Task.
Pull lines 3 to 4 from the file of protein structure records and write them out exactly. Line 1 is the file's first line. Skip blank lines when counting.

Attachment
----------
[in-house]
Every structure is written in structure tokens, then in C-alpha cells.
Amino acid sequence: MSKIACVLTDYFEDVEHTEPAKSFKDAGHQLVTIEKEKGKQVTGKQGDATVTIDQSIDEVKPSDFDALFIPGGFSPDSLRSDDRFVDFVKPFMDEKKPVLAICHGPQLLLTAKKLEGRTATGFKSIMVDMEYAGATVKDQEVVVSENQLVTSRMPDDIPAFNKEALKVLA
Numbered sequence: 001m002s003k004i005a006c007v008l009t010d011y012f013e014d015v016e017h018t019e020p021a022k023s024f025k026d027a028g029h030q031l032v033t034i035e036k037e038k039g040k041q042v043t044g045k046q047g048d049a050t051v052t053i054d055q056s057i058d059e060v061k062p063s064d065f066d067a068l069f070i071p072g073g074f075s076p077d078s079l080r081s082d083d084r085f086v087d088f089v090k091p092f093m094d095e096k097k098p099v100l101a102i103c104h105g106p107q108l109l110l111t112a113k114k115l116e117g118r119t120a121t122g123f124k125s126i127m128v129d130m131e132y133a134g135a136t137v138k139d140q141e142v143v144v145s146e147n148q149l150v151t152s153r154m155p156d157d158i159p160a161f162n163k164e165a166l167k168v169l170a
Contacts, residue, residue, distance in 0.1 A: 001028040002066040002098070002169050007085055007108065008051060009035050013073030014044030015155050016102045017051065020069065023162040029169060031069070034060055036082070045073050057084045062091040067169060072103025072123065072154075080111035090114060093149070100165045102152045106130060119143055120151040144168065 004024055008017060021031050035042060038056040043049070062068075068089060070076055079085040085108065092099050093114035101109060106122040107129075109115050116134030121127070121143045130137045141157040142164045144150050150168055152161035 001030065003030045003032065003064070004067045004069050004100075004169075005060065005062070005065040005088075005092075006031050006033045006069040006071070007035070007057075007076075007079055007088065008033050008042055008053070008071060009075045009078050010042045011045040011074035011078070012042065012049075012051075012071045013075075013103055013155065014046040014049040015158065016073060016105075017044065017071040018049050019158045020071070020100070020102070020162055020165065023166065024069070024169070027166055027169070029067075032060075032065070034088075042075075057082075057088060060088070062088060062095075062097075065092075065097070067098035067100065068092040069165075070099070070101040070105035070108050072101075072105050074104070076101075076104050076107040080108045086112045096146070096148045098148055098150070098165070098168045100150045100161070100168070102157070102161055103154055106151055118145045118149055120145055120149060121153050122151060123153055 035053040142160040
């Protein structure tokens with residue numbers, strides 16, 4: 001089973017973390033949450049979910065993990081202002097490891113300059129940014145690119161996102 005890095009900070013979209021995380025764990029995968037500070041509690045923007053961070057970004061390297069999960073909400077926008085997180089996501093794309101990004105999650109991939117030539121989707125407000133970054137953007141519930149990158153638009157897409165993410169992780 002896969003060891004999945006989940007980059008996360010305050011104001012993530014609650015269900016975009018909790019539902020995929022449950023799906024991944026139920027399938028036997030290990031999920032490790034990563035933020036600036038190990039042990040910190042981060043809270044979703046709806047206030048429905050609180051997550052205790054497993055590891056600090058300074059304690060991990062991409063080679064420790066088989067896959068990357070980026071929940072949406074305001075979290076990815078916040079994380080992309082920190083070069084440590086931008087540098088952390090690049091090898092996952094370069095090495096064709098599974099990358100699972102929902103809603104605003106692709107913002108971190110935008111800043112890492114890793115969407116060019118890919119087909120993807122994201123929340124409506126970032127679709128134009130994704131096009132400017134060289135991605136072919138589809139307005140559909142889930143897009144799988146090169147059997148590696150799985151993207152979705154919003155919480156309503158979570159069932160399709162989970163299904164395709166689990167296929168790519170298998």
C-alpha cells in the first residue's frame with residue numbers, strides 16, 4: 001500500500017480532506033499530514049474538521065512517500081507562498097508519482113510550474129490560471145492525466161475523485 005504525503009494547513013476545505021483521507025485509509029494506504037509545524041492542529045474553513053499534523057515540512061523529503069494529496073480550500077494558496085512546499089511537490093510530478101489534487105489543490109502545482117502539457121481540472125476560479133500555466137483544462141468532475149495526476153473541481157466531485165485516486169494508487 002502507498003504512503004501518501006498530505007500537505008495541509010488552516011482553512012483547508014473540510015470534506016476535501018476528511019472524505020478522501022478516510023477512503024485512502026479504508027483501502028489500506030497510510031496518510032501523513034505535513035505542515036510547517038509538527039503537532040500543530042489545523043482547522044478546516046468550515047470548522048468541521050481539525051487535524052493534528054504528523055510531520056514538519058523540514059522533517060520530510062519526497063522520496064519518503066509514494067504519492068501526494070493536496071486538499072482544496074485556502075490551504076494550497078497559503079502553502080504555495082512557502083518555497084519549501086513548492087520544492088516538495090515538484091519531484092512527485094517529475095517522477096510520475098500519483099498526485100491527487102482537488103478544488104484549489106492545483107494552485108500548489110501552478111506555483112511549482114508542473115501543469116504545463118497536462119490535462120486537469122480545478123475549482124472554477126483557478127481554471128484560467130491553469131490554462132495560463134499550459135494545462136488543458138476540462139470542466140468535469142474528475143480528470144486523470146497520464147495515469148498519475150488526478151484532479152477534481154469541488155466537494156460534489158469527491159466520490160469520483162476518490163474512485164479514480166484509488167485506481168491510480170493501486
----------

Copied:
Amino acid sequence: MSKIACVLTDYFEDVEHTEPAKSFKDAGHQLVTIEKEKGKQVTGKQGDATVTIDQSIDEVKPSDFDALFIPGGFSPDSLRSDDRFVDFVKPFMDEKKPVLAICHGPQLLLTAKKLEGRTATGFKSIMVDMEYAGATVKDQEVVVSENQLVTSRMPDDIPAFNKEALKVLA
Numbered sequence: 001m002s003k004i005a006c007v008l009t010d011y012f013e014d015v016e017h018t019e020p021a022k023s024f025k026d027a028g029h030q031l032v033t034i035e036k037e038k039g040k041q042v043t044g045k046q047g048d049a050t051v052t053i054d055q056s057i058d059e060v061k062p063s064d065f066d067a068l069f070i071p072g073g074f075s076p077d078s079l080r081s082d083d084r085f086v087d088f089v090k091p092f093m094d095e096k097k098p099v100l101a102i103c104h105g106p107q108l109l110l111t112a113k114k115l116e117g118r119t120a121t122g123f124k125s126i127m128v129d130m131e132y133a134g135a136t137v138k139d140q141e142v143v144v145s146e147n148q149l150v151t152s153r154m155p156d157d158i159p160a161f162n163k164e165a166l167k168v169l170a